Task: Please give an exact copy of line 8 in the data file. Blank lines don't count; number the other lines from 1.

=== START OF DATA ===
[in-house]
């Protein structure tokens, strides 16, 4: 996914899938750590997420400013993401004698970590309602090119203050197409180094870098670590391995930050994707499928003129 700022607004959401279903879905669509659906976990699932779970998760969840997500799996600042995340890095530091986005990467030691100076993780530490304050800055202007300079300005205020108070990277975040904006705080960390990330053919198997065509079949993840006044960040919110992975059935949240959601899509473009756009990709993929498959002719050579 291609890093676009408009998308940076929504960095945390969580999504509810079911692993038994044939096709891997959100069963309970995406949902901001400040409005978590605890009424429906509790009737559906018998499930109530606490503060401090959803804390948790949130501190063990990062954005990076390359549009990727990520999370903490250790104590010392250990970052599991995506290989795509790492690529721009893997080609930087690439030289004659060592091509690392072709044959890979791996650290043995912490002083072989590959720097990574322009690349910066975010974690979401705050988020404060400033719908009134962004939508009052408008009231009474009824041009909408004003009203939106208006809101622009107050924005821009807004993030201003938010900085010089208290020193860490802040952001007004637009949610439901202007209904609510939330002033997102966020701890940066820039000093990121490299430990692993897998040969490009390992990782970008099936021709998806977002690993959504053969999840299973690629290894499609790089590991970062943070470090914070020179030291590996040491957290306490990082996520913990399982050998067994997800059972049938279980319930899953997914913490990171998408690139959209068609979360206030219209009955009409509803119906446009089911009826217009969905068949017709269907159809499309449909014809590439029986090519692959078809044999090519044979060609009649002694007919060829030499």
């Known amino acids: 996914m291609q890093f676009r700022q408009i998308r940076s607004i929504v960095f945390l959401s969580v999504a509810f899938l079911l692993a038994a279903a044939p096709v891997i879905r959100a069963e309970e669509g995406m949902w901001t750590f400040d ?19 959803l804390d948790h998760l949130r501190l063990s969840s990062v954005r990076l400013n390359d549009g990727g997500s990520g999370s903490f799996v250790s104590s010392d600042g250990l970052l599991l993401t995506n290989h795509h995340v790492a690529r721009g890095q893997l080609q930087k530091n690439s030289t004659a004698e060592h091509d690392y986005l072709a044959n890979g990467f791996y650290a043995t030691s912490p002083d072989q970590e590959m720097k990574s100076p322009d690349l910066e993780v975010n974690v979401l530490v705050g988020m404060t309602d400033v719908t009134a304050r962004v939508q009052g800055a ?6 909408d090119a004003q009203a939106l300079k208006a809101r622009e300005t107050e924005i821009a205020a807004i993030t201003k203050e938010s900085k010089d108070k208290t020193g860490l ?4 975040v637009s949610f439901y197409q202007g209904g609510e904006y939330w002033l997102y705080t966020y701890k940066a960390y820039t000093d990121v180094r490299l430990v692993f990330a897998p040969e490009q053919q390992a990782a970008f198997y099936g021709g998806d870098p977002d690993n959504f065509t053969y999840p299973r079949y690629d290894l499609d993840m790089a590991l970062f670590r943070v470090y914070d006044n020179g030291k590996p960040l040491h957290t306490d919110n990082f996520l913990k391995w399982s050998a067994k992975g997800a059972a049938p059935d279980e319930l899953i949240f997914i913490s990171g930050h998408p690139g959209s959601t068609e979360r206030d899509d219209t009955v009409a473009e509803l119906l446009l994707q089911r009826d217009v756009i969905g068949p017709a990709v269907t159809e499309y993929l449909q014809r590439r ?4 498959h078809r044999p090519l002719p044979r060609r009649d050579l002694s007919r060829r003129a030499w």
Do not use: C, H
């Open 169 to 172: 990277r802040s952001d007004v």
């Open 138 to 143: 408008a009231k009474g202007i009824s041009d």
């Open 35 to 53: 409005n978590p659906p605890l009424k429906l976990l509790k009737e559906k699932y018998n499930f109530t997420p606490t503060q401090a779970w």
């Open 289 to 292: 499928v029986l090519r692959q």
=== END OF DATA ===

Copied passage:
């Open 289 to 292: 499928v029986l090519r692959q």